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2011年8月24日 (水)

社説:放射能汚染対策 説明尽くし国の責任で

(Mainichi Japan) August 23, 2011
Gov't should take responsibility for decontaminating soil tainted with radiation
社説:放射能汚染対策 説明尽くし国の責任で

The Japanese government appears prepared to go ahead with the decontamination of soil tainted with radioactive substances leaking from the tsunami-hit Fukushima No. 1 Nuclear Power Plant after the ruling and opposition parties agreed to enact legislation to make up for a legal flaw.

The ruling Democratic Party of Japan (DPJ) and two key opposition parties -- the Liberal Democratic Party (LDP) and New Komeito -- have agreed on the details of a special measures bill on land decontamination and disposal of rubble contaminated with radioactive substances.

The bill likely will be submitted to the Diet as a lawmaker-initiated bill and become law during the ongoing session.

The Waste Disposal and Public Cleaning Law does not cover the disposal of rubble contaminated with radioactive substances.

If enacted, the new law would be the first to cover how to deal with radiation contamination outside the premises of nuclear power plants.

Under the bill, the environment minister would designate areas with high levels of radiation as "special areas."  放射性物質を除去し、放射線量を下げる除染は、必要な場所について環境相が「特別地域」に指定。

The national government would decontaminate the designated areas based on a plan it would work out after listening to the opinions of the local governments concerned.

The minister would also designate areas where radioactive rubble must be disposed of, and the national government would collect such waste, and transport, store and dispose it at its own responsibility.

The bill would require Tokyo Electric Power Co. (TEPCO), the operator of the crippled Fukushima power plant, to bear the costs of decontamination and disposal of rubble contaminated with radioactive substances as part of its compensation for the nuclear accident.

Even though the bill would clarify the central government's responsibility for radiation contamination countermeasures, many hurdles must be cleared before such measures are implemented.

In particular, it is difficult to predict when the environment of the areas where residents have been evacuated can be improved to a level where they can come back and live safely because such a large-scale decontamination operation is unprecedented anywhere in the world.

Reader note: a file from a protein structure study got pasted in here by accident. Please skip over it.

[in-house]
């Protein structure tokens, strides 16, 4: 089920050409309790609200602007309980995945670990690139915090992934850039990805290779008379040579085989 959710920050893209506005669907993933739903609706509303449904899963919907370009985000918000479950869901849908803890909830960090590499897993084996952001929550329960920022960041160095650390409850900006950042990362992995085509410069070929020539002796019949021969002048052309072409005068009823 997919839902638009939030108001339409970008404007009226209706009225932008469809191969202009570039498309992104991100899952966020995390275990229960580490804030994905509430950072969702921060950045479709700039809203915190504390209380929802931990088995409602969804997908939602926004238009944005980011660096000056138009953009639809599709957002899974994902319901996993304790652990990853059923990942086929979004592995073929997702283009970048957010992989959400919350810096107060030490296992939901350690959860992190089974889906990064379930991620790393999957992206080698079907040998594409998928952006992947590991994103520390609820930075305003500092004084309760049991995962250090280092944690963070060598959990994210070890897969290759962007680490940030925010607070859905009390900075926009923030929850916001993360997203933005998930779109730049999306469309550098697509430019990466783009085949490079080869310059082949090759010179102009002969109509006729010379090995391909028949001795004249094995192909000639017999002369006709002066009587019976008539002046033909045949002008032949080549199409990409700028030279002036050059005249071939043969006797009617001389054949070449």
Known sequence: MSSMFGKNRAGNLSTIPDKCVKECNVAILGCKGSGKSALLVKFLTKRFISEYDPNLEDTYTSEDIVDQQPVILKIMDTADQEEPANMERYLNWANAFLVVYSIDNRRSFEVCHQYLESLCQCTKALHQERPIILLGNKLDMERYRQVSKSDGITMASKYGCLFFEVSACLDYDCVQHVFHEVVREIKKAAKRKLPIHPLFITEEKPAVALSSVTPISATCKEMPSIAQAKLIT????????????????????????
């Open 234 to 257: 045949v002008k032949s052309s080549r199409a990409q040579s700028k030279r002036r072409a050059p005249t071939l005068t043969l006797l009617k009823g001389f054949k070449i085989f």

Therefore, the national government is required to fully release information on how far it intends to reduce radiation levels in affected areas based on its monitoring and provide a thorough explanation.

The Education, Culture, Sports, Science and Technology Ministry has for the first time released its estimation of annual cumulative radiation levels at 50 locations in no-entry areas within 20 kilometers from the Fukushima No. 1 Nuclear Power Plant.

At 35 of the locations, the amount surpassed 20 millisieverts -- a level that requires residents to evacuate -- suggesting that extensive decontamination operations will be needed over a long period.

The government should also fully release information suggesting that evacuated residents cannot easily return home.

Moreover, depending on radiation levels, it might not be realistic for residents to come home soon even if their neighborhoods were decontaminated in accordance with the bill.

Prime Minister Naoto Kan is expected to travel to Fukushima Prefecture later this week to explain to the local governments concerned as well as residents that even if decontaminated, some areas will likely remain unfit for living for many years.

If so, the prime minister must show concrete data and explain how long evacuated residents must wait until they are allowed to return home in order to win their understanding.

Furthermore, Kan should also explain specific measures to extend assistance to residents of such areas, including where they will live for the time being.

Difficult challenges to removing rubble will likely emerge in the future, such as how to secure a site for the disposal of ash generated after rubble contaminated with radioactive substances is incinerated.

Questions also remain as to whether the final disposal site should be created in Fukushima Prefecture or other areas.

The national government must take all possible measures to ensure safety in disposing of contaminated rubble and gain the understanding of local residents.

毎日新聞 2011年8月23日 東京朝刊


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